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Dulichiae, of Ulysses (cf. 107, XIV. 226), to whom she had fallen in the division of spoil. Cf. 485-7.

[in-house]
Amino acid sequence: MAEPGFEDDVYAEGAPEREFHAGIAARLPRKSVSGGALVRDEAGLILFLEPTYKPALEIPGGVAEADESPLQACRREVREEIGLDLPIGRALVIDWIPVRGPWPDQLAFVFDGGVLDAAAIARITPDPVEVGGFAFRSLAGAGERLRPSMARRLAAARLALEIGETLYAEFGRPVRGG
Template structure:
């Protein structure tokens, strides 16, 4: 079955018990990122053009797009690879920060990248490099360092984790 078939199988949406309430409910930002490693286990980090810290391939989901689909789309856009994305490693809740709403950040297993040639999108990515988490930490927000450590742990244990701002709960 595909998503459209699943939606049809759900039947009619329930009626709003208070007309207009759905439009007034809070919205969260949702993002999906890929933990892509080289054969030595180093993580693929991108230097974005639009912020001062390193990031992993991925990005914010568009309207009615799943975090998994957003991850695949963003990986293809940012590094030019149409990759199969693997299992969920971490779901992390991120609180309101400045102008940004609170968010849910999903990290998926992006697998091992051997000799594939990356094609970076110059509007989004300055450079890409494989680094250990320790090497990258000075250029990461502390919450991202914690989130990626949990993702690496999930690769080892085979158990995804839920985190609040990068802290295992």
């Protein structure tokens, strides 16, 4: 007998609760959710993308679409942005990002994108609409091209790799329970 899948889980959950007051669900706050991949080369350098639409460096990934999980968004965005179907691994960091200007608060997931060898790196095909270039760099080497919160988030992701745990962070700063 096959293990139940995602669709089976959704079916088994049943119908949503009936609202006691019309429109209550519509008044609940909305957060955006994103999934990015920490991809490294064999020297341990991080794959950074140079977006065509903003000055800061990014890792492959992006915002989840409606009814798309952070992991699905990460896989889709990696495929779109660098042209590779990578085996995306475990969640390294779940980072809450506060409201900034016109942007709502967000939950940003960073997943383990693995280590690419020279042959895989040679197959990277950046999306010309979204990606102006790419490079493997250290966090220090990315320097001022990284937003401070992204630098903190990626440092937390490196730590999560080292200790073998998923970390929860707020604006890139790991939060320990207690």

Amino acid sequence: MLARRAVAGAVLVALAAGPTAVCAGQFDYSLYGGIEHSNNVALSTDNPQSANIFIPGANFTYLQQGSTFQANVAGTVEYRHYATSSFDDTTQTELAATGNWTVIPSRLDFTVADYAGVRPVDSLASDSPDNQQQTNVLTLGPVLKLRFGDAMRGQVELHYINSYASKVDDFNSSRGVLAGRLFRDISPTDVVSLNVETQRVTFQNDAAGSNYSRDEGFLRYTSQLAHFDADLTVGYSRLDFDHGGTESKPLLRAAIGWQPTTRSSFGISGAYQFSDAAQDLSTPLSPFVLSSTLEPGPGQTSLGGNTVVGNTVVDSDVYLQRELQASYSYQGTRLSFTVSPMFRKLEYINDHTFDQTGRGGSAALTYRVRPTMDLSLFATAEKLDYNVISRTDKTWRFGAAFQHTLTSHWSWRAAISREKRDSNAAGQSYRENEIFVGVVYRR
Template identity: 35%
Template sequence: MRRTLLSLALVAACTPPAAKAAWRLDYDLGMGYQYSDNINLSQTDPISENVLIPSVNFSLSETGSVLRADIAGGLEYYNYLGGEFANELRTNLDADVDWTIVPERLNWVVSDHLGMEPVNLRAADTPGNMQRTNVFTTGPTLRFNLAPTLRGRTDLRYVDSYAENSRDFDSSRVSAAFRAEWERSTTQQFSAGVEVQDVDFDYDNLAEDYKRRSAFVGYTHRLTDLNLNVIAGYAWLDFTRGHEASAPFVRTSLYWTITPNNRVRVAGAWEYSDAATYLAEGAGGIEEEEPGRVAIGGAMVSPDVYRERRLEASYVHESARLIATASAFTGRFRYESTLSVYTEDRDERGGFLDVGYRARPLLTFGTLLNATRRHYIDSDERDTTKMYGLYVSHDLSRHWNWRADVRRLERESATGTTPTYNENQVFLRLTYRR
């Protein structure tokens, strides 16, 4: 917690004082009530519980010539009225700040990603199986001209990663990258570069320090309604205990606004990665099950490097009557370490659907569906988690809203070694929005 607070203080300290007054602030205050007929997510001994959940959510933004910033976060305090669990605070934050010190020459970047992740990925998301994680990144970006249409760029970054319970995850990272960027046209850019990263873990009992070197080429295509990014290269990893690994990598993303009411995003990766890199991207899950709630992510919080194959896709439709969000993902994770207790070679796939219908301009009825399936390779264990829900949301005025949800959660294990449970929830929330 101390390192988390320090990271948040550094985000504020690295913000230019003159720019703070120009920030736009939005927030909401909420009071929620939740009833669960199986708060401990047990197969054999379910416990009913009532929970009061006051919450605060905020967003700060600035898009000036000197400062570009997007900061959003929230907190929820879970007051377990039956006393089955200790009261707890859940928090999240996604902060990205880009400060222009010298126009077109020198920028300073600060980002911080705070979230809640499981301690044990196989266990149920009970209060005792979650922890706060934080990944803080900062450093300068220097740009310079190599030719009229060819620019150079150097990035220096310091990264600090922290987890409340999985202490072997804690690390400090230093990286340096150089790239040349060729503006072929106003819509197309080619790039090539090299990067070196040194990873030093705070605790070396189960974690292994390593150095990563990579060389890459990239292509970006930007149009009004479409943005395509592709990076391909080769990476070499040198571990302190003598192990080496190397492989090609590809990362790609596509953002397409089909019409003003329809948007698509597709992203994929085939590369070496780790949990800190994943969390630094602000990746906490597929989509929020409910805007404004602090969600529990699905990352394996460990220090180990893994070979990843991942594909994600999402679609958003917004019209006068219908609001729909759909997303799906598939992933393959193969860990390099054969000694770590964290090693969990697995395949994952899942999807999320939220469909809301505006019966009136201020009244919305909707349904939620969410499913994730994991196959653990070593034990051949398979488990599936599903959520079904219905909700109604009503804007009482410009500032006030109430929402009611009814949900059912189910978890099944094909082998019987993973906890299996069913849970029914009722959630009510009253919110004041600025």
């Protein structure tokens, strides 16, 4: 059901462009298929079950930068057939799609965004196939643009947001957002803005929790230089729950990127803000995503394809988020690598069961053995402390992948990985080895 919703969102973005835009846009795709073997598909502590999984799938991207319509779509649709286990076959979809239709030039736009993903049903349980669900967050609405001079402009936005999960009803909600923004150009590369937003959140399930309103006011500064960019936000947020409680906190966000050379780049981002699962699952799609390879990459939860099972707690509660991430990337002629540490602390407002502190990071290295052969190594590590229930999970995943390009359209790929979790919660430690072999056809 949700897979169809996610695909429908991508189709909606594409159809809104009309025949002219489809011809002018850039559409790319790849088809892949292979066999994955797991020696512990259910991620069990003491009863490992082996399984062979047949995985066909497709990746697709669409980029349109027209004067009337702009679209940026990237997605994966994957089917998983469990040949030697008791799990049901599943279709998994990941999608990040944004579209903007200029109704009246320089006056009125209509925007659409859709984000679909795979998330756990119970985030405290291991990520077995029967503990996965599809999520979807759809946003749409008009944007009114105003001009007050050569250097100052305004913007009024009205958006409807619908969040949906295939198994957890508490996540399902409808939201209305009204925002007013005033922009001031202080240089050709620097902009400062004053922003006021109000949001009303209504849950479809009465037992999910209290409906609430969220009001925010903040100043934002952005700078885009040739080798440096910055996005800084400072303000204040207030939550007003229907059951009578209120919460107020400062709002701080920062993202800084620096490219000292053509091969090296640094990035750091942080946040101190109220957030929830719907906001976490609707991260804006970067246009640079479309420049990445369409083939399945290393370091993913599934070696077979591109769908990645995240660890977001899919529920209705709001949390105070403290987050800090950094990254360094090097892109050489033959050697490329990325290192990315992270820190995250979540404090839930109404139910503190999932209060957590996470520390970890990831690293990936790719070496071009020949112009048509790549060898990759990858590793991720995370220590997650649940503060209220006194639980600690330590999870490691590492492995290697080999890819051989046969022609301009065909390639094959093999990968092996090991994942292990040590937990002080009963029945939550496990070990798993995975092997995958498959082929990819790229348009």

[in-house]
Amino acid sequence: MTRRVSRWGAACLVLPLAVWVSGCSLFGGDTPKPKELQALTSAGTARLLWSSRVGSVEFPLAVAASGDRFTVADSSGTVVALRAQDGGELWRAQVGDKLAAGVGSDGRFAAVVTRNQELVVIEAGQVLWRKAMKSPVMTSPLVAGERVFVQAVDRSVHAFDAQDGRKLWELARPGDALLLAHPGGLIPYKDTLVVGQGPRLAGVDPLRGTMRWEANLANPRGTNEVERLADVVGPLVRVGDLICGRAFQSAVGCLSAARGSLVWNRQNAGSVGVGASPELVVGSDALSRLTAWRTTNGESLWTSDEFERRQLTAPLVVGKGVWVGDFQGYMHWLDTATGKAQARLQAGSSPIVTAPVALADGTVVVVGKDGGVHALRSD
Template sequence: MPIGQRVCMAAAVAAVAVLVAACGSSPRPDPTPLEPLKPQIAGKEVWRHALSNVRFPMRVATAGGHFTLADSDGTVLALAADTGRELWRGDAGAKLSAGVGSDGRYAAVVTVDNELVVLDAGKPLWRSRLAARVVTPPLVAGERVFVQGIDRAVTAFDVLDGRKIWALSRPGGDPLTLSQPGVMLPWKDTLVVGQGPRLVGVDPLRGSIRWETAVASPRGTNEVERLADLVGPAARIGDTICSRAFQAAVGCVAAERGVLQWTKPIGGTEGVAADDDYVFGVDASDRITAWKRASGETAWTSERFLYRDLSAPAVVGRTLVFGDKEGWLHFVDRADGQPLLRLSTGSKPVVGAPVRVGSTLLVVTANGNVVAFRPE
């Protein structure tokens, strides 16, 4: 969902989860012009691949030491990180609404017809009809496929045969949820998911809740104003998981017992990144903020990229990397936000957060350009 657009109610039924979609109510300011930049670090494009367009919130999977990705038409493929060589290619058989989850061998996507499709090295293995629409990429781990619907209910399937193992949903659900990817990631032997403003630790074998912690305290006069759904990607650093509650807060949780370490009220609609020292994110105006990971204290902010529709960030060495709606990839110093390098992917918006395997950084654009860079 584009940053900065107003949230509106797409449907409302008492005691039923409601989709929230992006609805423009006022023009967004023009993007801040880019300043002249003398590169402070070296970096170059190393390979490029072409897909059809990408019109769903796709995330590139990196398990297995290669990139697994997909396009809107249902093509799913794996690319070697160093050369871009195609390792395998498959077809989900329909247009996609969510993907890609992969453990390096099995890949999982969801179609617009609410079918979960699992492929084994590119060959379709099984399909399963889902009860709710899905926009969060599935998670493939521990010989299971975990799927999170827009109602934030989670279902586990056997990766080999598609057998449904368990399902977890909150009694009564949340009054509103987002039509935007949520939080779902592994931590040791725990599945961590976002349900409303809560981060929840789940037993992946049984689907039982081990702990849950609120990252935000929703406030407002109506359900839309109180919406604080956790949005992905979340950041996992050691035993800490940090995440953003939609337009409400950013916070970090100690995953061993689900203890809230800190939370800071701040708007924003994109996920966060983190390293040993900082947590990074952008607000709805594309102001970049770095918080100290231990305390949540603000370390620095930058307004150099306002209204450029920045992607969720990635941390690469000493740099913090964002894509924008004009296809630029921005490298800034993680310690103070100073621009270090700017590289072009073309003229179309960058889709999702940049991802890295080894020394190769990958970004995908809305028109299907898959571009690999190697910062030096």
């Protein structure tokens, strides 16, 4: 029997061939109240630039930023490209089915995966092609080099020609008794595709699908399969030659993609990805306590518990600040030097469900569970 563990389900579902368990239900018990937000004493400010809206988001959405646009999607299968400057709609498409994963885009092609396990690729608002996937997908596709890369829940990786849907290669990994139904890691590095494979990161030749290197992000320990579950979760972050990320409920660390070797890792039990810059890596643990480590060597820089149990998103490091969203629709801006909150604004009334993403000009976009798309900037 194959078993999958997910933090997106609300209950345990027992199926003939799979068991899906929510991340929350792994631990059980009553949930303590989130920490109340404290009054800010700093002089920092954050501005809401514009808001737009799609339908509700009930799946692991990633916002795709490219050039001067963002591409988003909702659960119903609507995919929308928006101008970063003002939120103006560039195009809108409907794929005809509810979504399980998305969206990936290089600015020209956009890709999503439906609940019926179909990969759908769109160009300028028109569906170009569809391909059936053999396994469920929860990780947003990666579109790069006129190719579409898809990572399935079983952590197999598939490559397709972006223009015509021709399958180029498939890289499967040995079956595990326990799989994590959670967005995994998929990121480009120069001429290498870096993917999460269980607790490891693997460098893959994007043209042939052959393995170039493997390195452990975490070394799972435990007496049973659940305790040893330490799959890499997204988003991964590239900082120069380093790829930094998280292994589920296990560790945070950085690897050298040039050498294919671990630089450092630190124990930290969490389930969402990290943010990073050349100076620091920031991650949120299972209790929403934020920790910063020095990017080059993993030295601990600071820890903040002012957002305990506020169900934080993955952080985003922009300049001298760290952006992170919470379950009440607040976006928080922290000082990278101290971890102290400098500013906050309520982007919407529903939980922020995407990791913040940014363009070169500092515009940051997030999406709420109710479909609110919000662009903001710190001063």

hausit. The primary meaning of this word seems to be to ‘dip’ what is liquid, or ‘dig’ what is solid, with the general idea of producing a cavity. Cf. Fast.II. 294, “nectar erat palmis hausta duabus aqua Fast., IX. 35, “ille cavis hausto spargit me pulvere palmis”. In the former use (for which cf. 535) it passes to the general sense of ‘drain,’ ‘drink’ (xiv. 277), ‘draw,’ (of breath, as in Virg. Aen.X. 899, hausit caelumVirg. Aen., XIV. 129, and metaphorically of the flame of love Virg. Aen., VIII. 326Virg. Aen., X. 252, of light, Georg. ii. 340, and metaphorically, XV. 64, “oculis ea pectoris hausit”, of sound, 787, XIV. 309, of blood, 331, IV. 118). For the latter cf. 526, 564, XIV. 136, XI. 187, and the very frequent use of wounds inflicted by a sharp instrument which scores or gashes the flesh, as in VIII. 371, “rostro femur hausit adunco”, IX. 413, “cognatumque latus Phegeius hauserit ensis”, and without mention of the weapon, V. 126, “haerenti latus hausit Abas”.

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